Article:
Here I have stopped being present, and have tried to write the experience while it is still happening. Sometimes I feel a need to get everything down, to churn experience into butter and lay it thick on the toast-page. Such panic/terror/drive creates metaphors like this one. Even experience from the past can be mined, re-formed and carefully shaped into a nice, readable package and with only a shred of the original sentiment. Is nothing sacred? I have thought in my more serious moments. But more realistically, how much to reveal? My boyfriend? My hometown? My mum’s thoughts? When serious adults are serious columnists, do they not write about their children, even unnamed, although they’re such a major part of their thinking and life? 

My mum sent me one of Alan Coren’s columns, ‘Road Rage’, from Chocolate and Cuckoo Clocks, featuring a tale about his children. During heavy rain Mr and Mrs Coren could not close the car roof because the cot of their son, ‘The Times columnist’, was in the way. “It didn’t bother him, because he knew he would get at least three paragraphs out of it some day, but it bothered us.” Now I am not a real writer like Mr Coren. I don’t write to a word count, for a deadline, for money. But I do find myself thinking: will I get a column out of this? Can I create an anecdote of this experience not yet lived?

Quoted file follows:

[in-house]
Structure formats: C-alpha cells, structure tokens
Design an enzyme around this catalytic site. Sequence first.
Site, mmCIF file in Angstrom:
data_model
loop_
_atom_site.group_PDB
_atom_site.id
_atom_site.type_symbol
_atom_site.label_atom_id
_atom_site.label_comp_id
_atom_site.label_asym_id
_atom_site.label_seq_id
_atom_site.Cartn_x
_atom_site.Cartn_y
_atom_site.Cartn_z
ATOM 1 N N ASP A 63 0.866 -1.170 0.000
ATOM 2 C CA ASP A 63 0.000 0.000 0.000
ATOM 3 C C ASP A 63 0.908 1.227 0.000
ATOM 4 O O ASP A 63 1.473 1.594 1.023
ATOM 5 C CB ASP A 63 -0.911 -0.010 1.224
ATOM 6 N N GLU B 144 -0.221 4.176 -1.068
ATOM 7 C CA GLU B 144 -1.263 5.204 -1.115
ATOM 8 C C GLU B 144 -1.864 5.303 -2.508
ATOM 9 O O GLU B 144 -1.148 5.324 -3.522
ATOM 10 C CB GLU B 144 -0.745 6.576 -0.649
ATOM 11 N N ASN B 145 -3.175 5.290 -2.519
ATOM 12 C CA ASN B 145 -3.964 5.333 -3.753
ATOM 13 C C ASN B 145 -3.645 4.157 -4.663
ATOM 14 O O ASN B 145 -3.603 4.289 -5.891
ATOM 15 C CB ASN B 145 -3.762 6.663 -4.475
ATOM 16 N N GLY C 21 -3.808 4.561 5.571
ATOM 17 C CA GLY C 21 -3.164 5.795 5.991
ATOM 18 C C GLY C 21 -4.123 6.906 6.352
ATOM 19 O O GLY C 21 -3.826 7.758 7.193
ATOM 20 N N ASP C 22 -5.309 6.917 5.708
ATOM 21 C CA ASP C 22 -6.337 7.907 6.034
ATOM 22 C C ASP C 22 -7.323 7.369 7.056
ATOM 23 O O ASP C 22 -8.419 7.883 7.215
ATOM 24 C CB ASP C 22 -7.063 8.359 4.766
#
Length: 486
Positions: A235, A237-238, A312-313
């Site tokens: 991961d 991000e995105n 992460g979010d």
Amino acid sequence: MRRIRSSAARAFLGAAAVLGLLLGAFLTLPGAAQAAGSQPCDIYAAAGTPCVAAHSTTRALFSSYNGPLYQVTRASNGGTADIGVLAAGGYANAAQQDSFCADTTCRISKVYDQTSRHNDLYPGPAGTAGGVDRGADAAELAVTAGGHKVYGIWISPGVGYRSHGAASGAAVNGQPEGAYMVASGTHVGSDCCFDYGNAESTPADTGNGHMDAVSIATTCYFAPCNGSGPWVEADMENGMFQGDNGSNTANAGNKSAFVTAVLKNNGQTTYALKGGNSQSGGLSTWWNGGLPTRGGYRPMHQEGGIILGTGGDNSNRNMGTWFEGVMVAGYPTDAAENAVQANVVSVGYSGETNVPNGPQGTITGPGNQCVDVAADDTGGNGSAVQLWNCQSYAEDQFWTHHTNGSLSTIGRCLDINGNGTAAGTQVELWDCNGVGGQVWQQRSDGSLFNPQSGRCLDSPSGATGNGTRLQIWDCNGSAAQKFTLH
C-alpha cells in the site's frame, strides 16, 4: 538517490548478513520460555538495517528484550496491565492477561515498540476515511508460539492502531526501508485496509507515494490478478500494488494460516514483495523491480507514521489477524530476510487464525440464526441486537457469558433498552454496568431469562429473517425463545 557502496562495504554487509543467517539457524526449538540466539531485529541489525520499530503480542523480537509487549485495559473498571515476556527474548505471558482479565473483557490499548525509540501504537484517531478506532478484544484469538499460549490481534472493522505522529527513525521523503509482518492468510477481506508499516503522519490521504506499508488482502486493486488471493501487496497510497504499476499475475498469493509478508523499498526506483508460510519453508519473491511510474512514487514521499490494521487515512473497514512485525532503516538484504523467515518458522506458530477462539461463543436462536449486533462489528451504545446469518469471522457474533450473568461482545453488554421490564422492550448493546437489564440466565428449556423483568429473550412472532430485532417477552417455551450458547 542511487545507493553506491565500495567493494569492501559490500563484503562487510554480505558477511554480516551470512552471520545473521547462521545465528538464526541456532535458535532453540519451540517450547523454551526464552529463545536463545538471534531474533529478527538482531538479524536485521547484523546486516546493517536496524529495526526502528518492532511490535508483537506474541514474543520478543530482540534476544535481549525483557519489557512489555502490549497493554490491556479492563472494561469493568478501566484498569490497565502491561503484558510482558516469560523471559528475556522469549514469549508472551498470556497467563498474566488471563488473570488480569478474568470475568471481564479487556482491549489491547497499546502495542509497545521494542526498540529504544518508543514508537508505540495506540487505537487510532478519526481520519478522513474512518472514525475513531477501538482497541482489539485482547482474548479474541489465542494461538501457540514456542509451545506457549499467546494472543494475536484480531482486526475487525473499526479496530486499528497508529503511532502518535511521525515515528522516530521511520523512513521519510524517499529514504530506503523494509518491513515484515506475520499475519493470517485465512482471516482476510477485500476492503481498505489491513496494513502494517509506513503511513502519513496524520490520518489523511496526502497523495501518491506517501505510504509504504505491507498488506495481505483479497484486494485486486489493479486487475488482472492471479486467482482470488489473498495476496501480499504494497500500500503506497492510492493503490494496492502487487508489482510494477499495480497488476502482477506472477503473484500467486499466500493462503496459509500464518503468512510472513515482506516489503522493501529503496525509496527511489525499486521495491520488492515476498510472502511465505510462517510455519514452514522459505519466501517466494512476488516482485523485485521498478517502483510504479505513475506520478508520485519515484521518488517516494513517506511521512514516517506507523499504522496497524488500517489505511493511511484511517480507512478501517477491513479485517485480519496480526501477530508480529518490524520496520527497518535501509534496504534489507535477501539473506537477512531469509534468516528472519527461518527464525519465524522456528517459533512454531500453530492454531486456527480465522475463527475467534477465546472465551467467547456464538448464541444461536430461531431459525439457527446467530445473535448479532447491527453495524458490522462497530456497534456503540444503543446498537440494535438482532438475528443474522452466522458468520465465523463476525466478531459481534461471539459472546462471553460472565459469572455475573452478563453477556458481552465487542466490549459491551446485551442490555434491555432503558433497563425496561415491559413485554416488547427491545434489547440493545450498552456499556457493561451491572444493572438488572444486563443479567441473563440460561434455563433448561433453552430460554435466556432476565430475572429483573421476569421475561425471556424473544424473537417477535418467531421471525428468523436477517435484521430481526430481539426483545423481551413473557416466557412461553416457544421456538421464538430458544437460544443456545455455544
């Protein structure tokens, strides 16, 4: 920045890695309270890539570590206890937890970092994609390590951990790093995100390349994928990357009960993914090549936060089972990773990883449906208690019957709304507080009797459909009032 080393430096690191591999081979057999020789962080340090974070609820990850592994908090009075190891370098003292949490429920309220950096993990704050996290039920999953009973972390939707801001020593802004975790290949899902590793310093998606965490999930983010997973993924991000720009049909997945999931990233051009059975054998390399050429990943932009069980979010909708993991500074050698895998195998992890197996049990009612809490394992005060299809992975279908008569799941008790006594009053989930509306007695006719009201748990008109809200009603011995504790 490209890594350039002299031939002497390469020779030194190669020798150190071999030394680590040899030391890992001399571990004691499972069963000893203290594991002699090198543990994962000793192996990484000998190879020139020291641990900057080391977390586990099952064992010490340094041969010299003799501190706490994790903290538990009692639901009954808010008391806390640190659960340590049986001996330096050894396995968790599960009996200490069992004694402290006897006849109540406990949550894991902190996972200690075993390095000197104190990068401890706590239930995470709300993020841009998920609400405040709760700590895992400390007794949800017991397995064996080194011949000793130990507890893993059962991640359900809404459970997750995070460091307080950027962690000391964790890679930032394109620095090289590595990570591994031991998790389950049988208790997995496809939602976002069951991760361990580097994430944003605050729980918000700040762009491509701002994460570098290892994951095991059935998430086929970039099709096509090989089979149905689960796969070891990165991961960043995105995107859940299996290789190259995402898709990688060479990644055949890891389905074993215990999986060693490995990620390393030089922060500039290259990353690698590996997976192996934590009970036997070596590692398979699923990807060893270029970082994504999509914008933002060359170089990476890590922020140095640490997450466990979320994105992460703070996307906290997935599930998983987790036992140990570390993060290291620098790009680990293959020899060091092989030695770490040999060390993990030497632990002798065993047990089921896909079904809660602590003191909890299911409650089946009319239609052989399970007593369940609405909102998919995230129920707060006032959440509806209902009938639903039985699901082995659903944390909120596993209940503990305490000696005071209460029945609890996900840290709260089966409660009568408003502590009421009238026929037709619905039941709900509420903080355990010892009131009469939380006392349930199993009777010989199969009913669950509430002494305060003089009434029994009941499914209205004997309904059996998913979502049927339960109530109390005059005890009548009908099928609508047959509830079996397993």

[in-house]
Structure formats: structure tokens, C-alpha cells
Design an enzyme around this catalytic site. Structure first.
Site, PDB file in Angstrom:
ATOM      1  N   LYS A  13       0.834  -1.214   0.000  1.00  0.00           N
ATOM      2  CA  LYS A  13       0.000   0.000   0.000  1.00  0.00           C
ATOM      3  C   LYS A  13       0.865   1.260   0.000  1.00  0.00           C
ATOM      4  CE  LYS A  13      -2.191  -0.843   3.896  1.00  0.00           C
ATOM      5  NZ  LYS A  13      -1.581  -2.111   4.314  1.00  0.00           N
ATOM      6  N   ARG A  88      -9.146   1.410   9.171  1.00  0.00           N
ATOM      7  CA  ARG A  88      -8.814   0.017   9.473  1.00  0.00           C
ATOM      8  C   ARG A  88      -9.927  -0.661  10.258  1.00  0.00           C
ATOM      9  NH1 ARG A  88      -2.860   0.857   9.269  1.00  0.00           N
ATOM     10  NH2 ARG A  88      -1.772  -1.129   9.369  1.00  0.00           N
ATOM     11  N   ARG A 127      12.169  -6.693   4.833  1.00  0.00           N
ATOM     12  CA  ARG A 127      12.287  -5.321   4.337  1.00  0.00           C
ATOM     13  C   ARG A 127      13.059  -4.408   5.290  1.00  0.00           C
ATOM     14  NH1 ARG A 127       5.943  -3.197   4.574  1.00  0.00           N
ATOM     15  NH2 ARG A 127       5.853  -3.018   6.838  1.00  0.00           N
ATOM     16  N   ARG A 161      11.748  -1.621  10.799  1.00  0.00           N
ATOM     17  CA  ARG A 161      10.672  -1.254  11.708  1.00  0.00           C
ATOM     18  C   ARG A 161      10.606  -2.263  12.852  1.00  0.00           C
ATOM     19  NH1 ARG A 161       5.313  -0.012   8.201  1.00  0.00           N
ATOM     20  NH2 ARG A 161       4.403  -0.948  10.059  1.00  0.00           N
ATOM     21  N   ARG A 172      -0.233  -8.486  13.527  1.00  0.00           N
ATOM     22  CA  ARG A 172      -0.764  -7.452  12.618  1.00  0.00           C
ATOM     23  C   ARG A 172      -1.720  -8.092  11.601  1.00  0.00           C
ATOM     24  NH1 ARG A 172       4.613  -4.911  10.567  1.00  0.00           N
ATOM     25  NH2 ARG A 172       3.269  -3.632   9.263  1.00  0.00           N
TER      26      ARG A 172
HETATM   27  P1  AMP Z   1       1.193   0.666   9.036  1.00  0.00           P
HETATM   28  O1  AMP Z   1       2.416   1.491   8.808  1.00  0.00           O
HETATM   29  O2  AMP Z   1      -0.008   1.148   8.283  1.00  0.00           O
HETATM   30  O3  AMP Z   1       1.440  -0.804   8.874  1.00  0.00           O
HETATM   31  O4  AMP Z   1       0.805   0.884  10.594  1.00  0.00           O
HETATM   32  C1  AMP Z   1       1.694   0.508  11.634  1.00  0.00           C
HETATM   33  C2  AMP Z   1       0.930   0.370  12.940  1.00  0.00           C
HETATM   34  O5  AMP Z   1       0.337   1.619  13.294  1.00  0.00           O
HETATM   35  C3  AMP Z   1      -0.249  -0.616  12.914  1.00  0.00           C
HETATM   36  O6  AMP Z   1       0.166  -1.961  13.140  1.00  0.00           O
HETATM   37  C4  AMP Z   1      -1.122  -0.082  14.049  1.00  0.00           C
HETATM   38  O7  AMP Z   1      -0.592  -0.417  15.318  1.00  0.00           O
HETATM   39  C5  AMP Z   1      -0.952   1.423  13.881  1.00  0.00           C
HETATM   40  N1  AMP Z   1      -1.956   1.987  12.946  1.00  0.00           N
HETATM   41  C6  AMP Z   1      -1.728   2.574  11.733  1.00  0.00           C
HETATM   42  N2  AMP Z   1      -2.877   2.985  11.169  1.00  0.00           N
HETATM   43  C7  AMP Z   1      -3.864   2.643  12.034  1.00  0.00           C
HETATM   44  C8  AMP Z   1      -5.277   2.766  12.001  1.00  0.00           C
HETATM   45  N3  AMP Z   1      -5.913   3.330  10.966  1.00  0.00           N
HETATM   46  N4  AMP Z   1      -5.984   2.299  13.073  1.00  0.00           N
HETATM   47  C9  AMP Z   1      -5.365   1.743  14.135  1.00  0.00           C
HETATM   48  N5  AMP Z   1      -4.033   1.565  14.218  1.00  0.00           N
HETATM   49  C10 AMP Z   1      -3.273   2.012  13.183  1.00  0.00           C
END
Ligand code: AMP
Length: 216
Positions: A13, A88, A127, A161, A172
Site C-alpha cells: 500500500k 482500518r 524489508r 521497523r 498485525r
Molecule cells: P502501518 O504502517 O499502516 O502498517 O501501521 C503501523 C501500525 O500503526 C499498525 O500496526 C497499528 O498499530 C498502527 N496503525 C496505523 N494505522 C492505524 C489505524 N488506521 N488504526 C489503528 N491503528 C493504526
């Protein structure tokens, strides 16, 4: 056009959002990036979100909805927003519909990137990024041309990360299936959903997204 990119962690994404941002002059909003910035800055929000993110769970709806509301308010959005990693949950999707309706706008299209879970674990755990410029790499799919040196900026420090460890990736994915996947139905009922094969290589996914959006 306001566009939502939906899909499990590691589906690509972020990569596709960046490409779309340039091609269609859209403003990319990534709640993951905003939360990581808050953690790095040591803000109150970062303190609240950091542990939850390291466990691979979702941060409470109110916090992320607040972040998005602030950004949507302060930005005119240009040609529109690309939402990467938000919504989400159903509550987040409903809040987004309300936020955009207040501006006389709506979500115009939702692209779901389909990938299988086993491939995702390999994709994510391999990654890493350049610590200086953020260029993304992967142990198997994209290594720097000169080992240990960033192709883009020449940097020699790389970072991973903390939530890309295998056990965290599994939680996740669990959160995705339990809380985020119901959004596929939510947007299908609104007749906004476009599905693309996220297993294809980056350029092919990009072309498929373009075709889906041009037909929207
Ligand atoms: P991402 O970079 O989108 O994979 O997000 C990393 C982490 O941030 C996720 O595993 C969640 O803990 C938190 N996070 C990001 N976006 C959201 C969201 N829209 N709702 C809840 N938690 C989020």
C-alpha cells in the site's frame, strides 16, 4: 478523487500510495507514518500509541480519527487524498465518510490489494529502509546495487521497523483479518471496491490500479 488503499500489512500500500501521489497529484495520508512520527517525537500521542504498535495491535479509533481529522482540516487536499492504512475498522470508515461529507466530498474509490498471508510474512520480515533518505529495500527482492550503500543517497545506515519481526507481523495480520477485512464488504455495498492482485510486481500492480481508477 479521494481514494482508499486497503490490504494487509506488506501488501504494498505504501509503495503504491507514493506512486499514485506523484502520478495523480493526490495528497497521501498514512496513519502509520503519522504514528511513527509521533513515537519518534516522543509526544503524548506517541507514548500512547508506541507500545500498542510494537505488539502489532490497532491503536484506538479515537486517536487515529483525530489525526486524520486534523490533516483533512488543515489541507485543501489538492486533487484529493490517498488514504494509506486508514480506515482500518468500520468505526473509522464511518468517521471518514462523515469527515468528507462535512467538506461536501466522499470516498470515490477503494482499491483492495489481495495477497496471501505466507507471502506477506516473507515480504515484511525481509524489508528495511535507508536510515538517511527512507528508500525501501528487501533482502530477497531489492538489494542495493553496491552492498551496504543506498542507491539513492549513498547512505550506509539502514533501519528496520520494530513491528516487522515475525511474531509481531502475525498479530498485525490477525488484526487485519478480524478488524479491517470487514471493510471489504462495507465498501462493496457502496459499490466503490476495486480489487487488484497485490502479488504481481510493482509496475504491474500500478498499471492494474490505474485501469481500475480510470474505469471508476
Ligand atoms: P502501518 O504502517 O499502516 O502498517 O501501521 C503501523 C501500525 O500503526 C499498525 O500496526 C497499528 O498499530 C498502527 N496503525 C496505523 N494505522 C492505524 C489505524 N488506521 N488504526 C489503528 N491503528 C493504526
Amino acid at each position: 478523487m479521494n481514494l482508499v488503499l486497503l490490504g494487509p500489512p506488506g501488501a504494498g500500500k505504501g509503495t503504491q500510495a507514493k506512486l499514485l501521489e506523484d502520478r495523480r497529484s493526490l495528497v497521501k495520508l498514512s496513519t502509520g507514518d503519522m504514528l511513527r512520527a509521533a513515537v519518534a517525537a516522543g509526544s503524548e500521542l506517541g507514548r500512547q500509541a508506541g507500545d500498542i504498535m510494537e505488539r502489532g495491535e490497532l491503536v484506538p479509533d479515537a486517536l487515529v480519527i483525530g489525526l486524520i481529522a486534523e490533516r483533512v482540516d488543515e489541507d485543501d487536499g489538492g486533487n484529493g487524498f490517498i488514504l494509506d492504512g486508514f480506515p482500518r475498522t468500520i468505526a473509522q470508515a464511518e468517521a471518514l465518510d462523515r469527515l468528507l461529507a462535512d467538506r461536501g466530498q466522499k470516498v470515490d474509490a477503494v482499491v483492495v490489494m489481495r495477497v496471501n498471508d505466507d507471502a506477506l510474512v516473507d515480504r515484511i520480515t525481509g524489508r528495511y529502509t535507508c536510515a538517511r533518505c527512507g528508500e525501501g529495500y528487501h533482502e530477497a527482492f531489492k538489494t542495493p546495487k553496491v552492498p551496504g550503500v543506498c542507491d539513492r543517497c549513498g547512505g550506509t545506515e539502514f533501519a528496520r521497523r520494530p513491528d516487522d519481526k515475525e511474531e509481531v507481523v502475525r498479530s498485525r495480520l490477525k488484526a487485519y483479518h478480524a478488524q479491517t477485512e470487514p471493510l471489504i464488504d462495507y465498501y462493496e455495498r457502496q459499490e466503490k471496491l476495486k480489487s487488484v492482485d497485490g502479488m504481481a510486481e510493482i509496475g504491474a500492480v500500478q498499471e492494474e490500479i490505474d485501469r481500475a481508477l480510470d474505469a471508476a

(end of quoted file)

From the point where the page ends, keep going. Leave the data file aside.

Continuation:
James McAvoy’s character in Bright Young Things is a journalist, and the continuation of his career depends on reporting on and getting pictures of a single party. But firstly he must get a ticket to it. ‘If I miss this party I may as well put an end to it all’ he says, which he later does. 

When I first wrote this quote down in Hilary term 2022 I thought ooo, that is very me in sixth form. Then I thought, it sounds like he’s in the wrong kind of writing peril. The often pleasurable feeling of ‘I need to get this down right now, I have seven good phrases, I must catch this sentence before it disintegrates into less than the sum of its parts’ has become ‘argh I must stay current and funny and if no one likes my writing they don’t like me’. I know he’s a journalist and he needs the inside scoop but, in my inexperienced opinion, I think columning is different. It’s a bit like an Instagram post, a re-shaped snapshot of personality that is all about how you see and a position that, if it is to be successful, requires you to have a following for your style. A column is self-centred verve, a repackaging of what you’ve found amusing and thought about of late, whereas on Instagram it is what you’ve seen.

But isn’t that a privilege! To think that I might write about something I found amusing, and people might want to read it! It is a vanity, but for a job! What a job! I suppose like all jobs, having to do it would make it less fun. But maybe I do want to do it… 

I have started this column so many times. I started it in Hilary 2022 in fact. The column about columns. So I have reworked some of those startings, and they have become middles. I rarely get rid of sentences and ideas I’ve removed from a column – they get kept on a document of scraps where maybe they will compost and the words will again get tethered to an idea. And I suppose it would be very meta to leave this unfinished, so that’s –